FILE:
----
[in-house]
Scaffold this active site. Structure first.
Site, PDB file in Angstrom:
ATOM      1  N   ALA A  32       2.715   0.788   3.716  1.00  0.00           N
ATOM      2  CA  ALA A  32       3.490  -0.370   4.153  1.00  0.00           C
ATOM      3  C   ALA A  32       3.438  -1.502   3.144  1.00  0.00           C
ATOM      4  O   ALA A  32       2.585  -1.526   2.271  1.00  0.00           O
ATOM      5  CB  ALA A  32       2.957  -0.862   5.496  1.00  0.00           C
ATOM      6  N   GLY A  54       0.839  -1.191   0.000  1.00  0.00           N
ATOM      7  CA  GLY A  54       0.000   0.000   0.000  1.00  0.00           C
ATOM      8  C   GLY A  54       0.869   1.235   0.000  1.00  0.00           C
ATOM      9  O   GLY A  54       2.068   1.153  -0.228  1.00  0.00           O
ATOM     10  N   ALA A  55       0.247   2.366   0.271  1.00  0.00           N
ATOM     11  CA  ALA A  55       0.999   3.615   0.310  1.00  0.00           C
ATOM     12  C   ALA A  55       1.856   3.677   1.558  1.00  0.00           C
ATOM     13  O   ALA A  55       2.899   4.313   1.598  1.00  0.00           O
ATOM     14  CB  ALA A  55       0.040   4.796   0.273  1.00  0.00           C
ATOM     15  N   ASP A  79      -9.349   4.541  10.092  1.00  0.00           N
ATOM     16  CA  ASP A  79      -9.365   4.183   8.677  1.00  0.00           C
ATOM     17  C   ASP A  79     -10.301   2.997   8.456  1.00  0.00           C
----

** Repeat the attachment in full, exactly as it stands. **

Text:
[in-house]
Scaffold this active site. Structure first.
Site, PDB file in Angstrom:
ATOM      1  N   ALA A  32       2.715   0.788   3.716  1.00  0.00           N
ATOM      2  CA  ALA A  32       3.490  -0.370   4.153  1.00  0.00           C
ATOM      3  C   ALA A  32       3.438  -1.502   3.144  1.00  0.00           C
ATOM      4  O   ALA A  32       2.585  -1.526   2.271  1.00  0.00           O
ATOM      5  CB  ALA A  32       2.957  -0.862   5.496  1.00  0.00           C
ATOM      6  N   GLY A  54       0.839  -1.191   0.000  1.00  0.00           N
ATOM      7  CA  GLY A  54       0.000   0.000   0.000  1.00  0.00           C
ATOM      8  C   GLY A  54       0.869   1.235   0.000  1.00  0.00           C
ATOM      9  O   GLY A  54       2.068   1.153  -0.228  1.00  0.00           O
ATOM     10  N   ALA A  55       0.247   2.366   0.271  1.00  0.00           N
ATOM     11  CA  ALA A  55       0.999   3.615   0.310  1.00  0.00           C
ATOM     12  C   ALA A  55       1.856   3.677   1.558  1.00  0.00           C
ATOM     13  O   ALA A  55       2.899   4.313   1.598  1.00  0.00           O
ATOM     14  CB  ALA A  55       0.040   4.796   0.273  1.00  0.00           C
ATOM     15  N   ASP A  79      -9.349   4.541  10.092  1.00  0.00           N
ATOM     16  CA  ASP A  79      -9.365   4.183   8.677  1.00  0.00           C
ATOM     17  C   ASP A  79     -10.301   2.997   8.456  1.00  0.00           C